Friday, 4 October 2013

Quatermass 2 [film]

Mysterious objects have been falling from the sky
I love Quatermass, the science fiction-horror television series from the 1950s. The first series (Quatermass) is mostly lost, but the second and third ones (Quatermass II, Quatermass and the Pit) still exist, and I’ve got what there is of all three on DVD.

Recently Quatermass 2, the late ‘50s Hammer remake of Quatermass II, was on telly. I love Quatermass and I love Hammer, so it couldn’t fail, right? Wrong. The main thing I didn’t like about the film was the one thing that couldn’t be ignored: I really didn’t like Brian Donlevy as the Professor. Apparently the character’s creator, Nigel Kneale, also wasn’t keen on Donlevy in the role. For me, Quatermass has to be an eccentric British boffin, someone whose brilliance can be mistaken for madness. I see him as nudging close to the line that divides Dr Jekyll or Dr Moreau from respectable scientists. Donlevy is American, and in common with the heroes of the American SF movies of the 1950s it always feels as though he has the potential for action. I’m not saying Donlevy is bad, but he’s not Quatermass!

The storyline is a cut-back version of Quatermass II. As in the original, strange objects have been falling from the sky, and Professor Quatermass, investigating them, discovers a factory that is allegedly developing artificial food, where the workers all behave in a very strange manner. Where do the objects come from, and how are they connected with the workers at the factory? However, the film is less inclusive than the television programme. The global aspect of the story is missing – whereas in the original version, artificial food factories the same as the one Quatermass investigates exist in Siberia and Brazil, in the film there’s no reference to other countries.
The 'artificial food plant' looks suspiciously like a space colony...

Quatermass’ daughter, Paula, is another casualty of the conversion, and that’s a real shame because in the series she helps track an asteroid using a radio telescope, and takes part in the analysis of a substance her father finds. In the film, the most prominent female at Quatermass’ research centre is a secretary - who gets sent out of the way when serious science is being discussed.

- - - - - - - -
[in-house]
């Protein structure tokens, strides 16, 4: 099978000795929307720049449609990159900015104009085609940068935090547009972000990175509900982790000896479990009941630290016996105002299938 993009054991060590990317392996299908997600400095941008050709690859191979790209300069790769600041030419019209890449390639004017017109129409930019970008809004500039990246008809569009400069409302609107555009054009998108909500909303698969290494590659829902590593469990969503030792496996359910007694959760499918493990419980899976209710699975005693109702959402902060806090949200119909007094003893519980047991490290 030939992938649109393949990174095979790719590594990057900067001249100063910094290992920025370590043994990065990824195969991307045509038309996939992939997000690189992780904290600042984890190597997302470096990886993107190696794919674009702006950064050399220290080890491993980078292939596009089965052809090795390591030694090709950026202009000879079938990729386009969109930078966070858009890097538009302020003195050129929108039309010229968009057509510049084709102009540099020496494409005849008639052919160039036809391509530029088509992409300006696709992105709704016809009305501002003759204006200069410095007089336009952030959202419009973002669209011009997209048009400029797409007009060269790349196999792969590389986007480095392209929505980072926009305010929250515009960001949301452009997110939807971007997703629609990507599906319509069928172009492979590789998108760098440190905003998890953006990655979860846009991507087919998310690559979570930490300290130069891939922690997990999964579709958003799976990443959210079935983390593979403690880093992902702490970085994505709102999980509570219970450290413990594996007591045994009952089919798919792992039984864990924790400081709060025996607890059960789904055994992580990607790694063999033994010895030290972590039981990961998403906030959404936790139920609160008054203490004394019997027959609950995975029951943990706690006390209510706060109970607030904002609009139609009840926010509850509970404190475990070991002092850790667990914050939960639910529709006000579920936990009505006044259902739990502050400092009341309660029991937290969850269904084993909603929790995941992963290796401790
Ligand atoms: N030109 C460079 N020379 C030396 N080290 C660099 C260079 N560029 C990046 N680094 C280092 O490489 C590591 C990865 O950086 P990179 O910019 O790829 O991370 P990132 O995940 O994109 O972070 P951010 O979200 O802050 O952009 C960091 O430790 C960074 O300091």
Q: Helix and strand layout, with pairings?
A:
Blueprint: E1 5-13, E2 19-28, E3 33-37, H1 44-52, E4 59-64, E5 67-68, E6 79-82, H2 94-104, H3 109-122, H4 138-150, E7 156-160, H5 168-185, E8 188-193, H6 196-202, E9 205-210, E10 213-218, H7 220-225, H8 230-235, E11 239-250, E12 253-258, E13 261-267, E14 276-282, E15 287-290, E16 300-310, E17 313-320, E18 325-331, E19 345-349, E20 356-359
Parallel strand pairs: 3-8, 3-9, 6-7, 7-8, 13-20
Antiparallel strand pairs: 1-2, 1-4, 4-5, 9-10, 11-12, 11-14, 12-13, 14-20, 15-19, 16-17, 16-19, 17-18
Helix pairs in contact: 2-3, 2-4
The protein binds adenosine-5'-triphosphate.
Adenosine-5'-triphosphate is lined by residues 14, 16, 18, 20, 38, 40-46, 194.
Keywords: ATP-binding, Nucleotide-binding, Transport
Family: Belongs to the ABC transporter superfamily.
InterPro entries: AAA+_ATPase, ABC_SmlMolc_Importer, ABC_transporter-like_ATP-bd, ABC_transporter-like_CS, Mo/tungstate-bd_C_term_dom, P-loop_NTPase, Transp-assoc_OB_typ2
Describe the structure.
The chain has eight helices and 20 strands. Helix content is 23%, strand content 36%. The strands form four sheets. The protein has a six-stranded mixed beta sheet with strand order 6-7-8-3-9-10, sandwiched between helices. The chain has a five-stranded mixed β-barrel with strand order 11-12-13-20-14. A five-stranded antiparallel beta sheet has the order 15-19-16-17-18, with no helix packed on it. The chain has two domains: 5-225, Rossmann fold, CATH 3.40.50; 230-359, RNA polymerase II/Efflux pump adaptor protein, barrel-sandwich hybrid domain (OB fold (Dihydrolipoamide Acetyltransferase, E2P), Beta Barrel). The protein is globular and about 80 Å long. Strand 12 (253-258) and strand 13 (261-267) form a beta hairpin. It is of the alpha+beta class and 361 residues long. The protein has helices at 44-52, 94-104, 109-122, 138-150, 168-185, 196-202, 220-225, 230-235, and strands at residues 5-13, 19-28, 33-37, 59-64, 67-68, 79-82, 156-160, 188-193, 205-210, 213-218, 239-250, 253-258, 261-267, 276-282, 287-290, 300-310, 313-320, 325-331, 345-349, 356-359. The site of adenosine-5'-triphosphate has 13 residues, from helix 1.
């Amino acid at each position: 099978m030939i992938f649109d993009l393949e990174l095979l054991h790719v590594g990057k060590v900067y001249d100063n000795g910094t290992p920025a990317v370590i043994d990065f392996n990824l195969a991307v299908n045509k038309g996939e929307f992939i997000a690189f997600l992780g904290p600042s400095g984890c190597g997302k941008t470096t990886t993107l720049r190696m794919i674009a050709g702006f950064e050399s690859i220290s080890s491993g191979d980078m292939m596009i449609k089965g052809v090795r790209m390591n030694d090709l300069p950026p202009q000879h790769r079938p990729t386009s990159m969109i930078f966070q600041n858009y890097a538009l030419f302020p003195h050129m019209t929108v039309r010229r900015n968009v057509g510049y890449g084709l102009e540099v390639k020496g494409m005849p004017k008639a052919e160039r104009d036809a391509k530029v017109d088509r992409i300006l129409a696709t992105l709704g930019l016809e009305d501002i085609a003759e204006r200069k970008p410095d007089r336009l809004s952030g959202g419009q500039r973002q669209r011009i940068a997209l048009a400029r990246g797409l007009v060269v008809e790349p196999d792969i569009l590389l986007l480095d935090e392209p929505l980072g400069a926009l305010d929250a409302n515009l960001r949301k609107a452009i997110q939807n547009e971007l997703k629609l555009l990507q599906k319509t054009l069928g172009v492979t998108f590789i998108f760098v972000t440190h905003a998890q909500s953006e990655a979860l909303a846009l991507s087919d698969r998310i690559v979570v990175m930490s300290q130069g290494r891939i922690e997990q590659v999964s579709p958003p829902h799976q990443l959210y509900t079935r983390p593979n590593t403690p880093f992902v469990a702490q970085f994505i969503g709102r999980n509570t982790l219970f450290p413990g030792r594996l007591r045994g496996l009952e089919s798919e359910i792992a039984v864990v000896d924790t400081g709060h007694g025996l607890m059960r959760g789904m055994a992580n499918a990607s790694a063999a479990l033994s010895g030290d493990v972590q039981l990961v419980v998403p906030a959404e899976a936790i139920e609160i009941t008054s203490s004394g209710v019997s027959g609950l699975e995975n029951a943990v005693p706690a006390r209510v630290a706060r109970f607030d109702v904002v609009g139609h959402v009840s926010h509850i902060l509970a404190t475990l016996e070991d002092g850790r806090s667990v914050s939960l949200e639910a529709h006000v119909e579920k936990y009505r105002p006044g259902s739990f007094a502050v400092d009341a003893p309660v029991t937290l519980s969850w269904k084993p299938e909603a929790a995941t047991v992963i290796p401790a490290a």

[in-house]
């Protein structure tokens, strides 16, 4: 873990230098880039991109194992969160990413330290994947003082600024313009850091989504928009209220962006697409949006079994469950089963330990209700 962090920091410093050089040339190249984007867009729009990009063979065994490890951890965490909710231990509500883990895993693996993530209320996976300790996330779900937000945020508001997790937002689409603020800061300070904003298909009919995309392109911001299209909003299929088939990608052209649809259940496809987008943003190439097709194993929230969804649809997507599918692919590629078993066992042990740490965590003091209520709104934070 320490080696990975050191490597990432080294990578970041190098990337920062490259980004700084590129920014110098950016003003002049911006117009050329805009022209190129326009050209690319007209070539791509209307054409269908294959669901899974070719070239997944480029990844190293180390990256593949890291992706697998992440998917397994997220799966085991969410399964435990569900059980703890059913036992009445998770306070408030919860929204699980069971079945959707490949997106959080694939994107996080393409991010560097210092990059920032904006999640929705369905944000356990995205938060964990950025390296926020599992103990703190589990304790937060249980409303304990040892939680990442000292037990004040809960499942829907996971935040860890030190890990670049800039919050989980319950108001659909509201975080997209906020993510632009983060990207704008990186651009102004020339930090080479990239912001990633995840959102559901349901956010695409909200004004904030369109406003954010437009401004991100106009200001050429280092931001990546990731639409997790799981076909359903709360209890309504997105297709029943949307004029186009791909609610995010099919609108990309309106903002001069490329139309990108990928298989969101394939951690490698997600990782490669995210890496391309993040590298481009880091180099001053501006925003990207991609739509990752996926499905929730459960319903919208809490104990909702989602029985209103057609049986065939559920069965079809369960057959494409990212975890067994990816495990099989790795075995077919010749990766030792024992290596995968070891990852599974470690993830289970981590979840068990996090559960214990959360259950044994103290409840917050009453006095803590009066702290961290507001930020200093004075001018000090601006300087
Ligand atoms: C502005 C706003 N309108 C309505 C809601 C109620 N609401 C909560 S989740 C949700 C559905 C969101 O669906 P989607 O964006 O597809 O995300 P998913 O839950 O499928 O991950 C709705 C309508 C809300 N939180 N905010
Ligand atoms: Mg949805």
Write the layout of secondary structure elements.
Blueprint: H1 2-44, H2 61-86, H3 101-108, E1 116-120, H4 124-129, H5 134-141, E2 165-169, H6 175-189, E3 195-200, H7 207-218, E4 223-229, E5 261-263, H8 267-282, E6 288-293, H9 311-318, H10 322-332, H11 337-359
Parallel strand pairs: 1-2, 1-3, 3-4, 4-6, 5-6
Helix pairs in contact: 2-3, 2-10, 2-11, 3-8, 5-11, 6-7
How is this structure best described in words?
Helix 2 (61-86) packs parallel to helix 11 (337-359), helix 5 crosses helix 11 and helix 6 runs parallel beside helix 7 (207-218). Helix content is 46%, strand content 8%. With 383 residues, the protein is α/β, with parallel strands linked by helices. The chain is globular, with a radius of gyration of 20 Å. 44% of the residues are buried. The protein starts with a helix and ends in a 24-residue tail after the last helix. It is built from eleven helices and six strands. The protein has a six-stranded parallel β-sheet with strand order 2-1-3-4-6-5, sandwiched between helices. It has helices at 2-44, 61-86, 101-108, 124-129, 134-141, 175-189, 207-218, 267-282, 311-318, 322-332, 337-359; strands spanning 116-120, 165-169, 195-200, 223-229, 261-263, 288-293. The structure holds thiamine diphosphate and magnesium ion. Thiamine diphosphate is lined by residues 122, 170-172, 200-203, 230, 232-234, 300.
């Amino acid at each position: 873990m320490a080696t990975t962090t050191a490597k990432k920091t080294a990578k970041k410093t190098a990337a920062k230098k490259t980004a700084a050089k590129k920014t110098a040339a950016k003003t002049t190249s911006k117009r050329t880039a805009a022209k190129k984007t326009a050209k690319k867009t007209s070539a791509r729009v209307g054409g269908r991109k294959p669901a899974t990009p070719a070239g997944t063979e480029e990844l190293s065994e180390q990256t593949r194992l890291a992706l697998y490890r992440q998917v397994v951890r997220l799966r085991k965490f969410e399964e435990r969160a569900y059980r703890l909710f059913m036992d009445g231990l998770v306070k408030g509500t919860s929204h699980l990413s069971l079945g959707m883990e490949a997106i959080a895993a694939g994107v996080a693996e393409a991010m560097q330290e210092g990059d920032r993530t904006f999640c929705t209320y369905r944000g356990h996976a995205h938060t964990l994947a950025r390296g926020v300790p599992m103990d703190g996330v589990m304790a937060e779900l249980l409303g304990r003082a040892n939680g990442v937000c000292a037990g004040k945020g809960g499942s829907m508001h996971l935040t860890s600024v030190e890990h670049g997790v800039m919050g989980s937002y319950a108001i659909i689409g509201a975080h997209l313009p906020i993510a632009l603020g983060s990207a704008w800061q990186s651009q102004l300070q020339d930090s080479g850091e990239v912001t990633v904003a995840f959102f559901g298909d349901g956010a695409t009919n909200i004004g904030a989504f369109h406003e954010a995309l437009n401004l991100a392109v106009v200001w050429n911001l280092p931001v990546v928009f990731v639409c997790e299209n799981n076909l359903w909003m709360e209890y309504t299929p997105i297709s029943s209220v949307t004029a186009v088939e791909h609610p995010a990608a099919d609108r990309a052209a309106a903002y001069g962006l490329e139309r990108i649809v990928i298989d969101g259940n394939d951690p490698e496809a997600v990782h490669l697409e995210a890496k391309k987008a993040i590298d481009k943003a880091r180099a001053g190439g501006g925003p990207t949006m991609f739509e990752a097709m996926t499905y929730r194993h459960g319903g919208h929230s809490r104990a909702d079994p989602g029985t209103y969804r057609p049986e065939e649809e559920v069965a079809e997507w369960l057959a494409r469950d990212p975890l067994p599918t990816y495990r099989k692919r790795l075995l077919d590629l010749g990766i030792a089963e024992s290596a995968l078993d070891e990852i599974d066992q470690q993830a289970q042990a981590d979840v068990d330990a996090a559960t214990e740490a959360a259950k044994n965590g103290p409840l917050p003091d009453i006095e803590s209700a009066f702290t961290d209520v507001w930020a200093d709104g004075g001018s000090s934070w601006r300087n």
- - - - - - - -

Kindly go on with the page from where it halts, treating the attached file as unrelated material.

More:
All in all, I found this an unsatisfying version of the original series, lacking much of the atmosphere and global scale.

5 comments :

  1. I agree, as brilliant as they are they needed a British boffin in there, another thing to add would be that (to me) Brian Donlevy sounds as if he’s saying “Quarter- Mouse” whenever he introduces himself causing me to imagine a Basil the Great Mouse Detective type series about a mouse scientist fighting aliens in the 1950’s… Have you seen, ‘X the Unknown’ originally intended by Hammer to be a sequel to Quatermass Xperiment, Nigel Kneale refused permission for the character to be used so they made up their own!

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    1. I have not! Most of the Hammer I've seen is horror stuff, I really need to get down to some serious film watching.

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    2. Yes you do! In fact, I insist! I'll wait.... *taps fingers on the desk

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  2. This is my first look at your blog, and I'm so excited to see Quatermass and the Pit! My US Air Force family lived in England from 1957 to 1960, a blissful time for me (I was a young teenager). I vividly remember watching Quatermass from behind the sofa, afraid to show more than my eyes over the top. I still get a chill from remembering the scene of the gravel path rippling from some unknown force...Thank you so much for the memories of one of the best times in my life! Kate in Oregon

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    1. Welcome to the blog, Kate! My uncle, who is now a burly carpenter, refuses to watch Quatermass and the Pit because it gave him such nightmares when he was younger, so you are not alone.

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